Foreign investors seem to have gone back to their past mindset of scepticism and 'wait and see if miracles can happen' when it comes to placing their bets on India, writes Claude Smadja.
In the last few years, India seemed determined to show the world how it had perfected the art of snatching defeat from the jaws of victory when it came to economic policy.
Even the most cynical and battle-hardened observer of the Indian economic scene could not but despair at the accumulation of missed opportunities to secure the momentum that would have locked India's economic trajectory into the kind of sustainable high growth that would have secured its status as a peer to China.
The fiery 'India Shining' and 'India Everywhere' slogans of a not-so-distant past may have been empty bluster, as the bravado has been replaced by a mood of despondency in the Indian business community.
Foreign investors, meanwhile, seem to have gone back to their past mindset of scepticism and 'wait and see if miracles can happen' when it comes to placing their bets on India.
Even Jim O'Neill, the inventor of the famous BRIC acronym -- which sounds more like a marketing slogan than a true economic concept -- declared his disappointment with an India that had 'exploded' according to the exaggerated (and unwarranted) catastrophist tone of a recent UBS analysis.
So it is no wonder that there was a build-up of expectations before the presentation of the 2012-13 Budget.
Let's say immediately that there are definitely positive elements to be highlighted in what Finance Minister Pranab Mukherjee has announced.
The emphasis on fiscal consolidation can only be most welcome as a much-needed policy priority, in view of the slippages of the last two years that had returned India to its addiction to fiscal intemperance.
Although the expected deficit is way too high for comfort, it would have been illusory to expect a target of less than five per cent of deficit to GDP after the bad performance of the ending fiscal year, and given the present economic environment.
Even this target will require a lot of discipline and strong political will from a very enfeebled government.
The decision to cut the amount of subsidies from 2.5 per cent to 1.7 per cent of GDP is just basic rationality -- given the well-known reality of the waste and fraud that chronically inflate subsidies expenses.
In the same way, the increase of some duties can make sense in the present economic and fiscal context.
However, what is sorely missing in the Budget presentation is the expression of a strong political will to begin a broader reform of government bureaucracy that would cut costs and increase efficiency.
The push for infrastructure development -- especially in railways, road and air transport as well in the power and housing sectors -- is also to be welcomed, although one can only regret the lack of a much stronger emphasis on boosting overall infrastructure expansion.
The biggest disappointment lies, however, in the weakness of the reform section of this Budget.
Apart from a commitment to renew efforts to liberalise the retail sector and allow foreign supermarket chains, after the disastrous U-turn of the government last November; some fiscal incentives for investment, especially in manufacturing and power; and a list of further measures to open up and liberalise the financial sector; there is not much more to show for economic reform in the Budget, even though the finance minister pledged to accelerate reforms.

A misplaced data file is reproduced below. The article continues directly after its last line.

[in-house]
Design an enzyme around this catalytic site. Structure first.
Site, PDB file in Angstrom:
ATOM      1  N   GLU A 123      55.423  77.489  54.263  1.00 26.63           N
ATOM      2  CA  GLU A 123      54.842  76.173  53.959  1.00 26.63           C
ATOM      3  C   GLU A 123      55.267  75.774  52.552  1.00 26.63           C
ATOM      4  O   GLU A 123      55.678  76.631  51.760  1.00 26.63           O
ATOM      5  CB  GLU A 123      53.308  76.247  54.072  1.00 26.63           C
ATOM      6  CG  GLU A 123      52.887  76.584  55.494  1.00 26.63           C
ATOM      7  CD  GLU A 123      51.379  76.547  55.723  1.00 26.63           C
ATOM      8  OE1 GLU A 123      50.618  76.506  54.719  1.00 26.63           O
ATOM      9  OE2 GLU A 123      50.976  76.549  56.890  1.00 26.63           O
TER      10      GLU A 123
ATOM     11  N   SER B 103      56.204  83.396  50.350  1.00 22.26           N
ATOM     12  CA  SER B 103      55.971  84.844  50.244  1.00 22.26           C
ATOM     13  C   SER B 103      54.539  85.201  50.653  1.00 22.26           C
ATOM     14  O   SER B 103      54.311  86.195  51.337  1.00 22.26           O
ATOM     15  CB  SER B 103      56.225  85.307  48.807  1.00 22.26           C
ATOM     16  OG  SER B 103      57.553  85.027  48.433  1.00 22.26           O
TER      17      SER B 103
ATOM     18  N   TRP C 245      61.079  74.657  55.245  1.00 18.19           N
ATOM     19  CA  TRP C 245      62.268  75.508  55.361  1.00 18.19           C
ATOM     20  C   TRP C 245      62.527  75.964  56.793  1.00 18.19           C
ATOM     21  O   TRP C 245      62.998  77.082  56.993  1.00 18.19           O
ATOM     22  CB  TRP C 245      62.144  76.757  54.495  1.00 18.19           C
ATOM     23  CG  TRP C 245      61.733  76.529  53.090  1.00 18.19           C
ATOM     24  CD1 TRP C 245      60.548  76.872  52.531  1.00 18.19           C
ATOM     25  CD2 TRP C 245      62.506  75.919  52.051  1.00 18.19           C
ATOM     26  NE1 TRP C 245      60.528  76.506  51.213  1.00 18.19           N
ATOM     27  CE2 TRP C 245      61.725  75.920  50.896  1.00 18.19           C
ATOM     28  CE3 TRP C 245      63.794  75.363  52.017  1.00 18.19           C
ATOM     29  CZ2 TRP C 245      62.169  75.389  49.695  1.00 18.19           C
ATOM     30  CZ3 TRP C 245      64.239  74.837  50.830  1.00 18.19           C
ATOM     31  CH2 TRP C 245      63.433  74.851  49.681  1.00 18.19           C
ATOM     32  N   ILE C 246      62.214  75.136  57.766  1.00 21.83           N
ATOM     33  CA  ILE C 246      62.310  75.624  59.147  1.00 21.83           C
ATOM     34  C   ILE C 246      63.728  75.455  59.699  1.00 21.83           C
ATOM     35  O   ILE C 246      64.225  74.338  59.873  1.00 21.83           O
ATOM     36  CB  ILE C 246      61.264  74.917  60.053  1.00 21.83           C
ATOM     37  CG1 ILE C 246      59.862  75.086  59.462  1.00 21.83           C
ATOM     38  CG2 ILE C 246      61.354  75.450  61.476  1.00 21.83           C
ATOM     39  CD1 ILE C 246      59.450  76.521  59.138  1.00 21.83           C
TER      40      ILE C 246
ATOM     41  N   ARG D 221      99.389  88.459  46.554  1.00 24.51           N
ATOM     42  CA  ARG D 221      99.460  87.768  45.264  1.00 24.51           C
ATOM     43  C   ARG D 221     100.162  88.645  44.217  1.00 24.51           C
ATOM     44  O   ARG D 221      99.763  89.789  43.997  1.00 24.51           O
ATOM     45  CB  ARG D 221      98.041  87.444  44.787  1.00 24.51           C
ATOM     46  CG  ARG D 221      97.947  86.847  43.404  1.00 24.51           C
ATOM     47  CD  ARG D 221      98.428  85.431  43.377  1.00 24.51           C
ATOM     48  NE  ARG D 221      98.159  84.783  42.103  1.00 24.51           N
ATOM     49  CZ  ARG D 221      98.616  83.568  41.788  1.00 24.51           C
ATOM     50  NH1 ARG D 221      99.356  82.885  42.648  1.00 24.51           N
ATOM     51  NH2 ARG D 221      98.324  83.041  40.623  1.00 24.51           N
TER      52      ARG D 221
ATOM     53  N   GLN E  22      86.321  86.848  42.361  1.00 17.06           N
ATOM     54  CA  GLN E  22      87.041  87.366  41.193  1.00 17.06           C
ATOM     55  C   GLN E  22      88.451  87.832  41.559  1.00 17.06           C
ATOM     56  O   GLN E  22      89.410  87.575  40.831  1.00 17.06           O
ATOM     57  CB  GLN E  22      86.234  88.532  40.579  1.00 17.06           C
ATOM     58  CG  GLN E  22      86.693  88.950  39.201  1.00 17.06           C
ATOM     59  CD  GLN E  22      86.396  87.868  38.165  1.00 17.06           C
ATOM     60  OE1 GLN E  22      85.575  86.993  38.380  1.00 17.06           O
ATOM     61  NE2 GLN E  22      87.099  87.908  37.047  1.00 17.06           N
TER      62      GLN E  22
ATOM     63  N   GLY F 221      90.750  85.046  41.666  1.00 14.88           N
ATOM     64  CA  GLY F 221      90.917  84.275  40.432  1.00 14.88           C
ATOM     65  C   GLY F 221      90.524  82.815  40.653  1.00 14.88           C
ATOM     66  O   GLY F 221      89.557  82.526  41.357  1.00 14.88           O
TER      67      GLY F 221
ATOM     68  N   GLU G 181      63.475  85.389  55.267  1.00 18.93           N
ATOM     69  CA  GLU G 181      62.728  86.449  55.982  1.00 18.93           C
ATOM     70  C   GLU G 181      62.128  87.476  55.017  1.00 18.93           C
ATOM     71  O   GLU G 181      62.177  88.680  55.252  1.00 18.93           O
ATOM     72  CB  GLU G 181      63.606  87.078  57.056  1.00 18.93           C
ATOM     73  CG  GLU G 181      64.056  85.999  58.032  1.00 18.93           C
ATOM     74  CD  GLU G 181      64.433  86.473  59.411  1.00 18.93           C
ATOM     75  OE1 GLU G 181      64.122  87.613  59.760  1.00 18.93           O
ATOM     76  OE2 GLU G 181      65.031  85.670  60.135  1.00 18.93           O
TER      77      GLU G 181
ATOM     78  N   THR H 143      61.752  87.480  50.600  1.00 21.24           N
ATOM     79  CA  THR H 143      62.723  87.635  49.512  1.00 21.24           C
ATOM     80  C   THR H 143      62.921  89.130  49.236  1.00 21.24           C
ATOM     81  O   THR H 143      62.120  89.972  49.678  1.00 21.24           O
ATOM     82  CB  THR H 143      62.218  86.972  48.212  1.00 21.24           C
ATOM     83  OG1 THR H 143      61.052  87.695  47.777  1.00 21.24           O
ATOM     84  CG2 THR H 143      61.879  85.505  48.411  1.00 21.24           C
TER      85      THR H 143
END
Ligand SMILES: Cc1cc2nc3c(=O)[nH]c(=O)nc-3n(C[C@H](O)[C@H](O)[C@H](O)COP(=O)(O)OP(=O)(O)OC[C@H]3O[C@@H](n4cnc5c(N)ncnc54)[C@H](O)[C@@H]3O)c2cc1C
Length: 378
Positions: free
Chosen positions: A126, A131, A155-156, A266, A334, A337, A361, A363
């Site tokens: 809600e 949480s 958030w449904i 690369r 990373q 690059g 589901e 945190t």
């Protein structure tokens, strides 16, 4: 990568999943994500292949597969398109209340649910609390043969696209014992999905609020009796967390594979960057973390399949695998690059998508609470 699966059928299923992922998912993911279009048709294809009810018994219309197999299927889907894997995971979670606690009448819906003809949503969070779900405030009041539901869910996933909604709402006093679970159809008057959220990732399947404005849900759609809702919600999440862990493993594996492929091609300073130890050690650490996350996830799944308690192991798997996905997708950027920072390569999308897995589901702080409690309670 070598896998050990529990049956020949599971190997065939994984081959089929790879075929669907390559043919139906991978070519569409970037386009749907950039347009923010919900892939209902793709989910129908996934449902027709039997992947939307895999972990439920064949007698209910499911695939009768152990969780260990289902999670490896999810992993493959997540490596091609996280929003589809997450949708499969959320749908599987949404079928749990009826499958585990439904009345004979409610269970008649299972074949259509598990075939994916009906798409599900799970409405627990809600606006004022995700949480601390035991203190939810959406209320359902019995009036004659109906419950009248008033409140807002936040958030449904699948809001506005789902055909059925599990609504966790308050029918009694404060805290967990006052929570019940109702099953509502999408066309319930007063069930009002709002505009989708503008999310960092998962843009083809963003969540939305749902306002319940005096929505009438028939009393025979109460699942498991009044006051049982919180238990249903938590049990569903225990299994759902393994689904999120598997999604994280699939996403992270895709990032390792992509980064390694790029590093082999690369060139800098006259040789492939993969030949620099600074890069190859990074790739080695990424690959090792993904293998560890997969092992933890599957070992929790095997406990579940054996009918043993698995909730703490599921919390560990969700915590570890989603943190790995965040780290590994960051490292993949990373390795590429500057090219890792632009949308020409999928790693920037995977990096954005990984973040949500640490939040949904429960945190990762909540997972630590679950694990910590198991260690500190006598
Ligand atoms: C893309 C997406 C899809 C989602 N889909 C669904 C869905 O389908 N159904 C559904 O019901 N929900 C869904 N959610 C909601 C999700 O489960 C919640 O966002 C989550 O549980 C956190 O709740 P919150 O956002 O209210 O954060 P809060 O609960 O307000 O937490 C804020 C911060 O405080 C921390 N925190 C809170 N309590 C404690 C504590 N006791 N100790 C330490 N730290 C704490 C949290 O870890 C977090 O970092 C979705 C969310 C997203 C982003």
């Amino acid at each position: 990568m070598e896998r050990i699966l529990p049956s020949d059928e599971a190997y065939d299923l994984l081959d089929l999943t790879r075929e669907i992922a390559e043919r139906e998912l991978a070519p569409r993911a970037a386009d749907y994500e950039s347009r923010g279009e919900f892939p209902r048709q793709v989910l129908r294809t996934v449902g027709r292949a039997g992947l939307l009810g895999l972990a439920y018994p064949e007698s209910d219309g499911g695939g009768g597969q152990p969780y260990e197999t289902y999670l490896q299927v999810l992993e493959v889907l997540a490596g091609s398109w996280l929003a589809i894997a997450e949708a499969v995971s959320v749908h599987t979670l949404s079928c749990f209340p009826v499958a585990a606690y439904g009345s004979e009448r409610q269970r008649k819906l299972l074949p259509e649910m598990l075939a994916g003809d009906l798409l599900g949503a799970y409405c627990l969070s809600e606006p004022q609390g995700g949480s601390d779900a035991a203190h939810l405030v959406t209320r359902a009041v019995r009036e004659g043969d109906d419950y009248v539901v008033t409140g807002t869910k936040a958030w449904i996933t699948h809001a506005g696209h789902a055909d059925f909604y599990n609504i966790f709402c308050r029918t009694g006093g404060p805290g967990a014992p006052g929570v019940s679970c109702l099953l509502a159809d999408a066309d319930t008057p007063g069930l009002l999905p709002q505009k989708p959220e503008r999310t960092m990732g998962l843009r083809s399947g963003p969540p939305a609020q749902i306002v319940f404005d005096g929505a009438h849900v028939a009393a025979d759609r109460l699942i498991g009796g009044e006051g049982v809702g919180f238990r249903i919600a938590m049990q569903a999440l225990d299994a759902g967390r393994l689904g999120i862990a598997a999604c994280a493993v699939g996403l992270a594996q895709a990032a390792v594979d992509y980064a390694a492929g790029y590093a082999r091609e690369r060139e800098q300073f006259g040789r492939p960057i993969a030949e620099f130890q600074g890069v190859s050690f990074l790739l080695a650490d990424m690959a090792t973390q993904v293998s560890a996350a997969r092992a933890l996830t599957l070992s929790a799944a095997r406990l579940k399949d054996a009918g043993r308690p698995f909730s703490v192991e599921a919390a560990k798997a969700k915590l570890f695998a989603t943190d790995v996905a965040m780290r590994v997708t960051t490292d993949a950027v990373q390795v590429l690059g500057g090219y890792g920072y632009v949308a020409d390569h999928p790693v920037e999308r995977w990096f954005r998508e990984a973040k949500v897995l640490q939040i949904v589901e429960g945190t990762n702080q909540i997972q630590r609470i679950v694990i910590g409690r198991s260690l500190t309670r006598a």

Of course, foreign investors as well as their domestic counterparts realise only too well the political constraints under which this besieged government -- further weakened by the latest electoral setback in Uttar Pradesh -- had to operate in formulating what is meant to be the road map for economic and fiscal policy over the next 12 months.
This being said, an opportunity to confound critics has nevertheless been missed, and political expediency has prevailed on the need to show boldness.
In these conditions, can the target of 7.6 per cent GDP growth for this new fiscal year be attained?
A lot will depend, of course, on the global economic context; but it also remains to be seen how the measures described by Mr Mukherjee will be implemented.
For example, in view of the poor performance of previous years, one could be forgiven for expressing some scepticism as to whether the relatively ambitious targets for divestment from public enterprises will be reached.
Last but not least, will the announced measures be enough to reverse the sharp decline in manufacturing growth of this ending fiscal year?
True, this is an 'honest' Budget.
Is it up to the challenge that India is facing?
The answer to that key question goes between doubtful to negative, as one can wonder whether this will be enough to stir up the enthusiasm of investors in a tough and demanding economic environment. India's entrepreneurial dynamism, the 'can do' attitude of Indian business leaders, seemed until recently to be able 'to do the trick', to compensate for the government's very minimalist approach to reform.
But it is not certain that this Budget has fully internalised the fact that the era of 'growth on autopilot' has come to a close for India.
The writer is president, Smadja & Smadja
Union Budget 2012-13: Complete coverage